Florida-based Avocado Grill is a farm-to-table tapas style restaurant that features local produce, seafood and more.
The restaurant opened its doors in West Palm Beach, Fla., five years ago, with Chef/owner Julien Gremaud at the helm. Since then, he’s opened a second location in Palm Beach Gardens, Fla., as well as brainstormed ideas on how to make these spaces work better.
The result was a redesign of the West Palm Beach location that rolled out this past summer. “The kitchen is in the middle of the dining room. For the past five years I've looked into the dining room while cooking in my kitchen. The ideas came together.”
One of the redesign’s main goals, says Gremaud, was to make the restaurant feel more beachy. This can be seen in the changes to the booths, which were given gold and white cloth backs and tan vinyl seats. The restaurant also put in new hardwood tables in the booths, and through the operation, going with a lighter tone wood that’s more on theme.
Another addition to the booths satisfies both form and function. These seats, says Graumaund, are next to the open kitchen, where they could be impacted by smells as well as sounds. In response, the chain added bamboo dividers to the top of the half-wall between booths and the kitchen area.
Laid out in a chevron pattern and painted in gold and white, these dividers help block the sounds and smells of the kitchen while also concealing some of the activity. “Before you could see everything in the kitchen. People love the action but you don’t want to show too much.”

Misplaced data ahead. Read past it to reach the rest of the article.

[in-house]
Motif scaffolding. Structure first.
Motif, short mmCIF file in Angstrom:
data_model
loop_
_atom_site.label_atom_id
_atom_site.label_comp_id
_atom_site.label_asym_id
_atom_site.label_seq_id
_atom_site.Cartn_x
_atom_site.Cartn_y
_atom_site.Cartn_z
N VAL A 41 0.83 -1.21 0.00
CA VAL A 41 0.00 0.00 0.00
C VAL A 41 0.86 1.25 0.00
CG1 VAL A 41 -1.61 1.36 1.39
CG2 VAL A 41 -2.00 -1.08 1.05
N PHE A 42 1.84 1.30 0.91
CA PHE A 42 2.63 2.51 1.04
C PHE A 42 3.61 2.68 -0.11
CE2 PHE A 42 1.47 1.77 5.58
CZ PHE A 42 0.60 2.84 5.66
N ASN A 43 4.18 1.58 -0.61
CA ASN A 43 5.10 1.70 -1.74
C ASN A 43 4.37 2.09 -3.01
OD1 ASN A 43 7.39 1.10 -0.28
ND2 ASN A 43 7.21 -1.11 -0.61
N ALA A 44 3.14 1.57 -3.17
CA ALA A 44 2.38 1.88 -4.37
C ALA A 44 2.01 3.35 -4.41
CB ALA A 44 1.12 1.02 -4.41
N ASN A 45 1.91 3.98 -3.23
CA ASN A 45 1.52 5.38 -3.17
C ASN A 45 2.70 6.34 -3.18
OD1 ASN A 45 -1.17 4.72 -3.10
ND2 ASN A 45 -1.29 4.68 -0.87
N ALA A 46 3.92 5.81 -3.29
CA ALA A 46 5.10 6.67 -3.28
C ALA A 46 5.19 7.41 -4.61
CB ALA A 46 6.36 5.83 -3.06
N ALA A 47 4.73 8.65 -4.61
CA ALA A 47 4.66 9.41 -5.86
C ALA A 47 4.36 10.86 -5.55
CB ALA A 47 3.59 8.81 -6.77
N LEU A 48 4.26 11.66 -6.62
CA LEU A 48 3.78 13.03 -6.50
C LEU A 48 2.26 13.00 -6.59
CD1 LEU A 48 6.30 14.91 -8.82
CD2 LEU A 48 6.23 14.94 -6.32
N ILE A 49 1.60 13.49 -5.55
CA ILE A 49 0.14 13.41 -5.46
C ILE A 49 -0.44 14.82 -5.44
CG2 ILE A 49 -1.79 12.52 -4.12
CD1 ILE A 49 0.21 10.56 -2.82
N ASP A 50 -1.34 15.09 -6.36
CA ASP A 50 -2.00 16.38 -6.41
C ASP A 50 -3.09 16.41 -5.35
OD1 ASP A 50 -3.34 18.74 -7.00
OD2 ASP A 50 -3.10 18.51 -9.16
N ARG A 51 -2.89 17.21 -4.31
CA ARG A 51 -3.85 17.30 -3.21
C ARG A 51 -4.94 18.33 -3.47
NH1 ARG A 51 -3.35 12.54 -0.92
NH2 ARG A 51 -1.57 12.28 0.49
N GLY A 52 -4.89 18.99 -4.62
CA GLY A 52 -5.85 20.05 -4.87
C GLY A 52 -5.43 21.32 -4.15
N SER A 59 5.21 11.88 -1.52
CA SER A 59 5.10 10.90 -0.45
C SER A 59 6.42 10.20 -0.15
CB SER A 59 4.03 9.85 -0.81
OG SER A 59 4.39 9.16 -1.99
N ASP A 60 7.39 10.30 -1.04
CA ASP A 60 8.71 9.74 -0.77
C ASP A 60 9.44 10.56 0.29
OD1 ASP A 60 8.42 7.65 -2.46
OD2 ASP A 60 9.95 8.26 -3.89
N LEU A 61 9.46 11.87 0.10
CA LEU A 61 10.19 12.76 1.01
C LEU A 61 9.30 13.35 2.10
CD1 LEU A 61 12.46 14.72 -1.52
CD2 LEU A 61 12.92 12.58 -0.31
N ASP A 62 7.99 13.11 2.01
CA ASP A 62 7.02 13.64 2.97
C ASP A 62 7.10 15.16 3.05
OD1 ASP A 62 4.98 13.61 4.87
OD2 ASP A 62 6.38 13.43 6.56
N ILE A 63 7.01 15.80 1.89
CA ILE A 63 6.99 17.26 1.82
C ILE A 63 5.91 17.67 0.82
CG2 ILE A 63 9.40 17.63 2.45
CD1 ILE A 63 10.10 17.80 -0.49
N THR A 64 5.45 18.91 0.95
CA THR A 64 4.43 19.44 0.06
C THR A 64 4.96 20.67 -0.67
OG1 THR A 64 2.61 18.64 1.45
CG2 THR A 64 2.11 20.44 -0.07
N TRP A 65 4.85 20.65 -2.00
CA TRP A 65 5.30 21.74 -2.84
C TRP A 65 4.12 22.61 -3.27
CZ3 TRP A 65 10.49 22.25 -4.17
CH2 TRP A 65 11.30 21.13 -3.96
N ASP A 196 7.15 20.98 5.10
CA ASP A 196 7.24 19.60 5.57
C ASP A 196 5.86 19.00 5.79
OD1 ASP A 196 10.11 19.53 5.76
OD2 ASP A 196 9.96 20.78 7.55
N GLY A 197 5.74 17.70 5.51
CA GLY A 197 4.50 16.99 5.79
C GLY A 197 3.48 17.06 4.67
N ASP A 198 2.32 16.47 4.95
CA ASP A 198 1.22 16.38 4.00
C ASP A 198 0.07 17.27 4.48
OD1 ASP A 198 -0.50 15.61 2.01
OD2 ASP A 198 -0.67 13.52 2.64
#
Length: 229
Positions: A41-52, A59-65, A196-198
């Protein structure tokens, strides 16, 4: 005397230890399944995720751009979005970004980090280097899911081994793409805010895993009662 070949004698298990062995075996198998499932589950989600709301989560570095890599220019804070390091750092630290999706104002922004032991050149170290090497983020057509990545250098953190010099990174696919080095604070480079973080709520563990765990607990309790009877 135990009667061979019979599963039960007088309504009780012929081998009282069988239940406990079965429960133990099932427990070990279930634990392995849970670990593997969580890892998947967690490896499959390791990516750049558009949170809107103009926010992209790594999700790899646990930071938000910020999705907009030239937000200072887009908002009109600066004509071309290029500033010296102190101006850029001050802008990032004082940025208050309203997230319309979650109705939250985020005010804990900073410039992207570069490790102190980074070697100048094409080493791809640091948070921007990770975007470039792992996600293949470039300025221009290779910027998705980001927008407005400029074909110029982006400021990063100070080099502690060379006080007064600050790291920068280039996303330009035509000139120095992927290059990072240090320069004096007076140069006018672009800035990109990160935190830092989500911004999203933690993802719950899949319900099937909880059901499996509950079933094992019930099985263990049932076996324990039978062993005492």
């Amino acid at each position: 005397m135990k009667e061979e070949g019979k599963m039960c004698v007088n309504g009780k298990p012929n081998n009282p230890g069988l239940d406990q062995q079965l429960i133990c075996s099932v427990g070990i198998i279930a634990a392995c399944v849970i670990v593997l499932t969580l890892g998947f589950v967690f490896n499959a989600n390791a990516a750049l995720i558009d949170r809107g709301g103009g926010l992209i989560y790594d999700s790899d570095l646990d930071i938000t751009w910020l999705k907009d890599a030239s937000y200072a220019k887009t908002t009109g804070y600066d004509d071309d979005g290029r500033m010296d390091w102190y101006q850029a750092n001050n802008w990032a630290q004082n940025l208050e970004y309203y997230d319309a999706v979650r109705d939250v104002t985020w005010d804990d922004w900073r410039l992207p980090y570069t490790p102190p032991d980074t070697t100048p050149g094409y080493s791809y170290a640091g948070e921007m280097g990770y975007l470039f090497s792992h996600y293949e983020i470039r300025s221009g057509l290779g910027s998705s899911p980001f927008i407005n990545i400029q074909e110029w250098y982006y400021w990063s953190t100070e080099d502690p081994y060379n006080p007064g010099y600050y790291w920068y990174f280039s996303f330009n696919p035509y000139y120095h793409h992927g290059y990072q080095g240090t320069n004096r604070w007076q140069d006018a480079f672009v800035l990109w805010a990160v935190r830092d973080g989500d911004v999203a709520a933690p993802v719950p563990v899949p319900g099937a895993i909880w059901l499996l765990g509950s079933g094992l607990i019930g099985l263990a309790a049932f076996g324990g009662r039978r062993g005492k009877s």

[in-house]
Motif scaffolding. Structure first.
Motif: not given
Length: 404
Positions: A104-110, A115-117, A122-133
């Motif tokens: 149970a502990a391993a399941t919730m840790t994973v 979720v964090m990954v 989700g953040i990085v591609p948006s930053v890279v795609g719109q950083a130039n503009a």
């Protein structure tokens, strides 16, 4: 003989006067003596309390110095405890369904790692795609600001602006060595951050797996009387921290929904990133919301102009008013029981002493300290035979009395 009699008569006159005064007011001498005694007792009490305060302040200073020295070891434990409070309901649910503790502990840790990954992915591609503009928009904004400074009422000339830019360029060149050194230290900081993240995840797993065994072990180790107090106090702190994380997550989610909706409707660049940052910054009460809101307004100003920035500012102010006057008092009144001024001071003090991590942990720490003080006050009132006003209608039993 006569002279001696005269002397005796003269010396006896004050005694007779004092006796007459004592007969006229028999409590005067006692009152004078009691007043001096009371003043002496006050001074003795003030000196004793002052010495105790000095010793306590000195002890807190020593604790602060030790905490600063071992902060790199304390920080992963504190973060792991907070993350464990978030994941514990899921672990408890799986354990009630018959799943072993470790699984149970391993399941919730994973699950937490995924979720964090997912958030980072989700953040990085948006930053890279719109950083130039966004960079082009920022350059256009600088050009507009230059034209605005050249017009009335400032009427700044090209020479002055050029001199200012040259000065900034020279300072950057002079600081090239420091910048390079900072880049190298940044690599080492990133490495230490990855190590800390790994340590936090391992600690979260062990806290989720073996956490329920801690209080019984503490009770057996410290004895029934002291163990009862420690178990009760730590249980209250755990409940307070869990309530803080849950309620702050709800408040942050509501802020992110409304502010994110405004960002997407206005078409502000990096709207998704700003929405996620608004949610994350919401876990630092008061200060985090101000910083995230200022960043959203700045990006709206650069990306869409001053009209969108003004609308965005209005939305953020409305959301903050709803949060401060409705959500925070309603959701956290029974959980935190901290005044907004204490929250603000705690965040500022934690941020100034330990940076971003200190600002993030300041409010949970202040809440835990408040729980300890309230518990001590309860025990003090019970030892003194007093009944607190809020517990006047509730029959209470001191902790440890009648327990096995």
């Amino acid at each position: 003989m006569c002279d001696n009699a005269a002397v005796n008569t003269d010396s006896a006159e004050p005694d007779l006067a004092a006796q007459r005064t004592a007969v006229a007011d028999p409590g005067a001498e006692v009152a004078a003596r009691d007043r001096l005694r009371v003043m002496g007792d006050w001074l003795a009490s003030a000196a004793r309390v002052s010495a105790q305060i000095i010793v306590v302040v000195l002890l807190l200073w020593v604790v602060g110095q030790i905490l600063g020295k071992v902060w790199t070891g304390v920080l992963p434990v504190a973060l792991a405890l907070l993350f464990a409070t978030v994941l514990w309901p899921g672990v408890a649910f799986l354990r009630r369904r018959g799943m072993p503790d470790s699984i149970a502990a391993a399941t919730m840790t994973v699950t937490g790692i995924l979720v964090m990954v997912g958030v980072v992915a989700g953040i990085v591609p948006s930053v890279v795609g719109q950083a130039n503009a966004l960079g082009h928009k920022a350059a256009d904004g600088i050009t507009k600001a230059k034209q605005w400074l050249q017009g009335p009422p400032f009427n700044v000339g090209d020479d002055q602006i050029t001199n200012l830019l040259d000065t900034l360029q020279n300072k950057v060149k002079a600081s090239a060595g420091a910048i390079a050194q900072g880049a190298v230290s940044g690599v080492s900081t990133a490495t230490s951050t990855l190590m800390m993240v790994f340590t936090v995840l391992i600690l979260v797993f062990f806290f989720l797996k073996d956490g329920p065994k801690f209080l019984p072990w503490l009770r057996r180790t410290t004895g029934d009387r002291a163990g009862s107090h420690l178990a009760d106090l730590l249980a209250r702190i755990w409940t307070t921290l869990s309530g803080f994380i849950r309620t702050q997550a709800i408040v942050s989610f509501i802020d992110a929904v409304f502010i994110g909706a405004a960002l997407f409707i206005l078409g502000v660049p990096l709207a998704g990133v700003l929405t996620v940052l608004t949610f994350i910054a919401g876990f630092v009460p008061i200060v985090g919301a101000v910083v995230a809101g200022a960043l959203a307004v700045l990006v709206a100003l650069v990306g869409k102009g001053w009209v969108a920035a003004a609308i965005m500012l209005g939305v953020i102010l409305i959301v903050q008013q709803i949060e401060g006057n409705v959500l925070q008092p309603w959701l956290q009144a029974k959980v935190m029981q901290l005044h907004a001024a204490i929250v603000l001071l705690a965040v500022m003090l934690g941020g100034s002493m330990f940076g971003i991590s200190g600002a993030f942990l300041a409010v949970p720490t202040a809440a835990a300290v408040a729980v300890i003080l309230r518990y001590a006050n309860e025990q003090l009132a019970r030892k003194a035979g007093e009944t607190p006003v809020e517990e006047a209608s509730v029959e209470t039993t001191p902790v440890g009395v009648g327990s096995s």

Another new design element combines the practical with the aesthetically pleasing. Avocado Grill’s open kitchen adds energy and excitement to the space, but could also contribute to excessive noise levels on a busy night.
Previously, this was addressed partly through sound panels on the ceiling. Now, the restaurant has plastic palm fronds hanging from custom latticework on the ceiling. These help break up the noise, as well as contribute to Avocado Grill’s beachy feel.
“We have a very high ceiling in the restaurant,” Gremaud says. “The fronds help with the sound and give us a very fresh, organic look.”
In addition to creating a better environment for the diners, the remodel helped Avocado Grill on the business end. In the previous design, the restaurant had a large community table capable of seating 12-14 people. Since, “you don’t get parties that big very often,” Gremaud says, that table has been removed in favor of two six-seat hightops, increasing the number of usable seats on a busy night. In the case that
The restaurant’s beach theme comes through loud and clear with other design elements, particularly the custom-made seashell chandelier. The piece was made by a local artist who worked on it every day for a month. By Gremaud’s estimation, it contains more than 50,000 shells.
“It’s not the centerpiece of the restaurant but it’s a very nice touch. It gets a lot of play on social media,” he says.
With Rattan a common material for beach furniture, Gremaud also worked that material into the design. He purchased wicker baskets at shops around Florida, then had them turned into custom light fixtures.
“I believe in giving business to the community instead of to major companies like Amazon. We do the same thing with our food. We try to use as much local produce instead of big distributors,” he says.